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ARS Home » Pacific West Area » Riverside, California » National Clonal Germplasm Repository for Citrus » Research » Research Project #437386

Research Project: Ensuring Security and Integrity of Valuable Breeding, Research, and Germplasm Collections

Location: National Clonal Germplasm Repository for Citrus

Project Number: 2036-21000-011-29-R
Project Type: Reimbursable Cooperative Agreement

Start Date: Oct 1, 2019
End Date: Sep 29, 2020

Our goal is to protect valuable citrus germplasm collections from huanglongbing (HLB) and to evaluate early detection technologies (EDT). We will survey the collections with the canines, collect and assay plant tissue from canine alerted trees, negative control plants will come from the USDA ARS screen houses (ACP proof). Specific objectives include: 1. To survey citrus at UCR and UC-LREC for suspected HLB infected trees using canines and relate canine positives to other EDT methods and the time course of qPCR positives in California. 2. To assay research fields for HLB-associated pathogens and other relevant citrus pathogens. This encompasses trees of the genus Citrus and citrus relatives in the Aurantiodeae. 3. To increase the efficiency of large-scale surveys by incorporating early detection technologies with confirmation using USDA APHIS qPCR protocols.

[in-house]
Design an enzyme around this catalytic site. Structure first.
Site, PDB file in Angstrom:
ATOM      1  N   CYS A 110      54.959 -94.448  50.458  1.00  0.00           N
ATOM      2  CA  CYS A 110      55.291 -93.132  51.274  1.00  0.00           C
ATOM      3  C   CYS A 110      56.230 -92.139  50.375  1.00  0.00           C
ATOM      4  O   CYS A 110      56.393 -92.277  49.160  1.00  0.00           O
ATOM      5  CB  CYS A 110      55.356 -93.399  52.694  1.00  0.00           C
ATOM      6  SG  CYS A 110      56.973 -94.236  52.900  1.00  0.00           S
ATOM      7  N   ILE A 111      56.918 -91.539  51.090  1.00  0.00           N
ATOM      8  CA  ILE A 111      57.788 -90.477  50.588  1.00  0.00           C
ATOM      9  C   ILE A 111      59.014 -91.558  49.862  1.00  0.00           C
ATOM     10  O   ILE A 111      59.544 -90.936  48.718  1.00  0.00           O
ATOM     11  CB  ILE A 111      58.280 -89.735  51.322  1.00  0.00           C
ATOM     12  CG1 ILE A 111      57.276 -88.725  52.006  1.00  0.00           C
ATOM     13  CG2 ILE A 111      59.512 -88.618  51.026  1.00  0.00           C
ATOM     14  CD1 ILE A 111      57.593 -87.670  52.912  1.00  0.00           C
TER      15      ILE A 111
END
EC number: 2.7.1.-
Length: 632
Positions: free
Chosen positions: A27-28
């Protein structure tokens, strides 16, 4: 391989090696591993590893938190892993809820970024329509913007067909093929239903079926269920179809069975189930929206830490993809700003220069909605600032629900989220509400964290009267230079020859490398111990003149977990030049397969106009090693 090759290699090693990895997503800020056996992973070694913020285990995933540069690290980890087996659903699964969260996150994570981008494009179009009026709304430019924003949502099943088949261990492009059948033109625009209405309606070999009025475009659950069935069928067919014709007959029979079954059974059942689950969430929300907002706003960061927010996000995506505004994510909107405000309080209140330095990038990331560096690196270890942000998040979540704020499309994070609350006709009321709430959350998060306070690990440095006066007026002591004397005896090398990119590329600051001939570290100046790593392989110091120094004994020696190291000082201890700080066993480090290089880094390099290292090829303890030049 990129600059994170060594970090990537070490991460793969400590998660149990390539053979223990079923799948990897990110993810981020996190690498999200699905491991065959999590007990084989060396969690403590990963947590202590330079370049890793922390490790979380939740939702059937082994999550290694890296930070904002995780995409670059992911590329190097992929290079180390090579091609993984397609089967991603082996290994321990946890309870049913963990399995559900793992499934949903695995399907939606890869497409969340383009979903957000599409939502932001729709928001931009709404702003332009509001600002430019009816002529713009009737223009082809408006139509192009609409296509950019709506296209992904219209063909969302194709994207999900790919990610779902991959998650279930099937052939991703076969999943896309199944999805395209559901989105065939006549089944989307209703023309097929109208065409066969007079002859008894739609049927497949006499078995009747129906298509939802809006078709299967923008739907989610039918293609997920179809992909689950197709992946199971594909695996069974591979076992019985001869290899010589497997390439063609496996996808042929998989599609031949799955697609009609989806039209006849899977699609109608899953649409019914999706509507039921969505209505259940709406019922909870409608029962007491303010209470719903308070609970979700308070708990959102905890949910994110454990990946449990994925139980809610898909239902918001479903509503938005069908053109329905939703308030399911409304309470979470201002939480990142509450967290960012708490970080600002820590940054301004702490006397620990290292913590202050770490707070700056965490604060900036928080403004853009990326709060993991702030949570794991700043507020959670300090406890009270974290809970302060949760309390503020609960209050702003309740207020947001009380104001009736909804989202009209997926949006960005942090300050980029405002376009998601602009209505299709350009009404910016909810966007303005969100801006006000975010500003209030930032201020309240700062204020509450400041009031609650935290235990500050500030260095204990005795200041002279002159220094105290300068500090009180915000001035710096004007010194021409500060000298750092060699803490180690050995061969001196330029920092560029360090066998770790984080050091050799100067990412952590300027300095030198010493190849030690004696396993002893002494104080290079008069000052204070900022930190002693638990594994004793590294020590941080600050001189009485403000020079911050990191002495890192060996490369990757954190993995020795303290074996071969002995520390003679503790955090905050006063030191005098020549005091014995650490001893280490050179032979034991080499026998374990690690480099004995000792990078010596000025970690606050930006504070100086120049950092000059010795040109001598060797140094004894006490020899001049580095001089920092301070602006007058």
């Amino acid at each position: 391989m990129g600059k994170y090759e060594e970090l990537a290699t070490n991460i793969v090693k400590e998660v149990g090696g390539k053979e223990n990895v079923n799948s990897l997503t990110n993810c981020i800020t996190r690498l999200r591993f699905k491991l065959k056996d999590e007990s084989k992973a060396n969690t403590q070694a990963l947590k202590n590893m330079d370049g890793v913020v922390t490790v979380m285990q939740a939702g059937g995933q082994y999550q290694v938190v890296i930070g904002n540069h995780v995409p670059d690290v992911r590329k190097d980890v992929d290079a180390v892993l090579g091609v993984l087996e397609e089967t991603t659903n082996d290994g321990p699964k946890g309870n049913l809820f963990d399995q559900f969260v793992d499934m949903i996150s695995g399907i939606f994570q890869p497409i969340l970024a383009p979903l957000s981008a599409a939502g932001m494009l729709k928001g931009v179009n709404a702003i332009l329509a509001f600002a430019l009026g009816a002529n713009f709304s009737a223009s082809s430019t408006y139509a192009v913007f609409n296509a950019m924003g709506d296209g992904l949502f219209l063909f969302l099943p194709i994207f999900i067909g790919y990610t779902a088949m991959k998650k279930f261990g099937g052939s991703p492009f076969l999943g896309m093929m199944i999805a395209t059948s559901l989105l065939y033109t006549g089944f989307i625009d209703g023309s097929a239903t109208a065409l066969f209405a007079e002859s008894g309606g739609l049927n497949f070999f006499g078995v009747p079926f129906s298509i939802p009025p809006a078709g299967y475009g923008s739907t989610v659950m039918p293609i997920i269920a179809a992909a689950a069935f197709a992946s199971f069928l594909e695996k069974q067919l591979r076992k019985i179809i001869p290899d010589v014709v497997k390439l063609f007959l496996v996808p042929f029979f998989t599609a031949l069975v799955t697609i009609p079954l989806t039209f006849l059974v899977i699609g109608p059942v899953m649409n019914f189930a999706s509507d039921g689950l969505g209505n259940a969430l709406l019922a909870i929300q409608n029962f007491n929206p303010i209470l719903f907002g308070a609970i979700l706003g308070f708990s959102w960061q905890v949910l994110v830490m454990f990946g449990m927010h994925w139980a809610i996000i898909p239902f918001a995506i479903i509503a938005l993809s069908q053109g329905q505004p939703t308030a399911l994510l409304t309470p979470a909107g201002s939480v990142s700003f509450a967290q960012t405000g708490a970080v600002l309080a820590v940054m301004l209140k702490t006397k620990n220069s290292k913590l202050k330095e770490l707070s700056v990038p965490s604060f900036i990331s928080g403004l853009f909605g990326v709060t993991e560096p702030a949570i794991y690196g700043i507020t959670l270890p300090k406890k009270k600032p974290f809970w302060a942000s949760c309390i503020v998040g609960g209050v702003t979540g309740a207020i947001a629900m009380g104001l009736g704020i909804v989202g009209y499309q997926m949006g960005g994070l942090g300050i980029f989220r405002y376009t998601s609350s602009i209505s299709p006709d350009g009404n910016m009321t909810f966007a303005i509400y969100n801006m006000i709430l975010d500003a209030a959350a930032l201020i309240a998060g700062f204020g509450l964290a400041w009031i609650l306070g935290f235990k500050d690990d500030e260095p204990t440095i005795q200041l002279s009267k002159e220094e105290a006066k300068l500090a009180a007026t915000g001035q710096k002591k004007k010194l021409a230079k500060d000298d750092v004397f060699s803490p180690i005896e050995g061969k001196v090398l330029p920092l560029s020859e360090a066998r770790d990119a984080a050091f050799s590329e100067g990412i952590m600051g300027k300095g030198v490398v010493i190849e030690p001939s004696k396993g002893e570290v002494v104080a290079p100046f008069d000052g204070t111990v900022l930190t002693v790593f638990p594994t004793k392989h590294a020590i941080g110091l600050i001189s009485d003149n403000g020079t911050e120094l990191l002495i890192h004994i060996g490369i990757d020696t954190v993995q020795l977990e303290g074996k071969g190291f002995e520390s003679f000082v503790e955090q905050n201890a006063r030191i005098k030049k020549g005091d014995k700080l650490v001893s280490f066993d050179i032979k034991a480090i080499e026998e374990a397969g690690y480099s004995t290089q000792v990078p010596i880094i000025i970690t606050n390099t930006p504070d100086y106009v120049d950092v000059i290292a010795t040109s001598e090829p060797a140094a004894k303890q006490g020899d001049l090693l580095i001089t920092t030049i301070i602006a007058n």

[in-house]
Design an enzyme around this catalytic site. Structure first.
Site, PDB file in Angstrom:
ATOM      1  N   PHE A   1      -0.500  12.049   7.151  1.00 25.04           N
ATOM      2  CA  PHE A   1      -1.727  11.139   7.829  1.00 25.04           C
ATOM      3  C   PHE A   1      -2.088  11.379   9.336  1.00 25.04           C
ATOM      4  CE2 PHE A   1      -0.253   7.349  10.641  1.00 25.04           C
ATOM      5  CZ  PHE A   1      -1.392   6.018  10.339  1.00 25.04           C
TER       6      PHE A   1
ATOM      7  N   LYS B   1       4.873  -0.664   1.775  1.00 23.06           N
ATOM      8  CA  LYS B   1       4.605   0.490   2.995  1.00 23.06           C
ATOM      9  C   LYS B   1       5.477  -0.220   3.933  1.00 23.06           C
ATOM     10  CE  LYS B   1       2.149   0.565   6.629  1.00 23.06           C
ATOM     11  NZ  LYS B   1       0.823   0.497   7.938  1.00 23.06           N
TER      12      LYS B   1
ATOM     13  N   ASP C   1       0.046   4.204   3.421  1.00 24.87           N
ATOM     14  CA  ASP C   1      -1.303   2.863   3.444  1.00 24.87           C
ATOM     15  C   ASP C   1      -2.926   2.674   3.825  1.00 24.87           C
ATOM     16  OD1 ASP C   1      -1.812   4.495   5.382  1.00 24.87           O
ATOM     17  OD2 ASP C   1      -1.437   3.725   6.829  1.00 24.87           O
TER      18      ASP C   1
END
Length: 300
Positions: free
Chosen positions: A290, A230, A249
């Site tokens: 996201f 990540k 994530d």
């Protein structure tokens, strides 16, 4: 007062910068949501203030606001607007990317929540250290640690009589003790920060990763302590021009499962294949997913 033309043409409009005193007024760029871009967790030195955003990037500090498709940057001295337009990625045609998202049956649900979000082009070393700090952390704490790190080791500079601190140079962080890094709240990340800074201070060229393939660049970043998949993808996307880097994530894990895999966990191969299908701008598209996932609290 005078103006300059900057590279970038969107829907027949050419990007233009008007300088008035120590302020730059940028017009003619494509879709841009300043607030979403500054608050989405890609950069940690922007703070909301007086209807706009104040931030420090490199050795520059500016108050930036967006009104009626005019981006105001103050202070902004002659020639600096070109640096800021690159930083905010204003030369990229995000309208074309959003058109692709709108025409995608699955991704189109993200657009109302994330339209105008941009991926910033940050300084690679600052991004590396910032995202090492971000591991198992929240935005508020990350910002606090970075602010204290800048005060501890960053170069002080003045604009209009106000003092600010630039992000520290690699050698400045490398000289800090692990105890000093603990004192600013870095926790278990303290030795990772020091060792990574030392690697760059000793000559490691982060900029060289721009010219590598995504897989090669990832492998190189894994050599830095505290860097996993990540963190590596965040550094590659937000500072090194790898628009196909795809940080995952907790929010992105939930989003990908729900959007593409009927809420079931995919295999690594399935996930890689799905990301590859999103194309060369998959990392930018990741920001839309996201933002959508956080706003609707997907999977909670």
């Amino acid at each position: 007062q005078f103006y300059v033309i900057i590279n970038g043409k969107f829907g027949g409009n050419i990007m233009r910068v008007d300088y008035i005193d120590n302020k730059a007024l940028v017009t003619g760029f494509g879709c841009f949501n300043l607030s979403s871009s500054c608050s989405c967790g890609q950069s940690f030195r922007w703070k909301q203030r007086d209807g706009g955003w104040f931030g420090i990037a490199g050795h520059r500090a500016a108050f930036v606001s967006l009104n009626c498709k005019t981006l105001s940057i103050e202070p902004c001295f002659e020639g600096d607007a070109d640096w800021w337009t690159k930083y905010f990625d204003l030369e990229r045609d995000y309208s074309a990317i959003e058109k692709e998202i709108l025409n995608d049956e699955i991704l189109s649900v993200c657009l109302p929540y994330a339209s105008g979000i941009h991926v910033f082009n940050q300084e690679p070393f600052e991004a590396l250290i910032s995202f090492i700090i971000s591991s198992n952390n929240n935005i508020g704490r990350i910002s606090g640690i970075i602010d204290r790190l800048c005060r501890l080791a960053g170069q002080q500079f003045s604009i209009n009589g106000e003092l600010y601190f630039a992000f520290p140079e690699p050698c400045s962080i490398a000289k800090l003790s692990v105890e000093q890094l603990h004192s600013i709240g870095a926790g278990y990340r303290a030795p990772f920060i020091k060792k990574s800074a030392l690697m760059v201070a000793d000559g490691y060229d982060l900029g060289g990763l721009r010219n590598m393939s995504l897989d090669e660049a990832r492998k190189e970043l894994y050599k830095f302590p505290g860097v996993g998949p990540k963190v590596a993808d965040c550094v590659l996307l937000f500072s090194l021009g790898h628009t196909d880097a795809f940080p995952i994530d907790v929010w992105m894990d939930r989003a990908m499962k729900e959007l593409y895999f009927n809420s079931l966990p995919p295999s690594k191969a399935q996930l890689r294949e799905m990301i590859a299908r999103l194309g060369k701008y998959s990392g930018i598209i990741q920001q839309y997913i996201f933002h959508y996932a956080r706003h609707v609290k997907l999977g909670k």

UCR and USDA scientists intend to be proactive in maintaining and protecting the citrus germplasm field collections. Until we have the technology and ability to eliminate HLB, the first step in protecting these resources is to identify infected trees and not allow them to provide a source of inoculum for adjacent trees. This systems approach could be implemented by regulators and/or growers to quickly detect potential sources of infection, and to determine the area around qPCR positive trees that need to be removed and thus, rapidly respond and potentially stay ahead of disease spread. Proactive protection of valuable breeding and research collections secures the health status of valuable germplasm and breeding lines and protects collections for future generations. ARS scientists will survey and assay trees of citrus/citrus relatives for the presence of HLB-associated pathogens using the USDA APHIS qPCR protocols and other primers including the newly reported RNR primers (J.C. Chen 2016). Each tree identified as a dog alert will be sampled extensively (200 petioles or shoots) for qPCR analysis, in addition to petioles and shoots, we will assay roots from a limited number of trees. As a control, a tree of the same variety from the USDA ARA screen house would be sampled and similarly analyzed.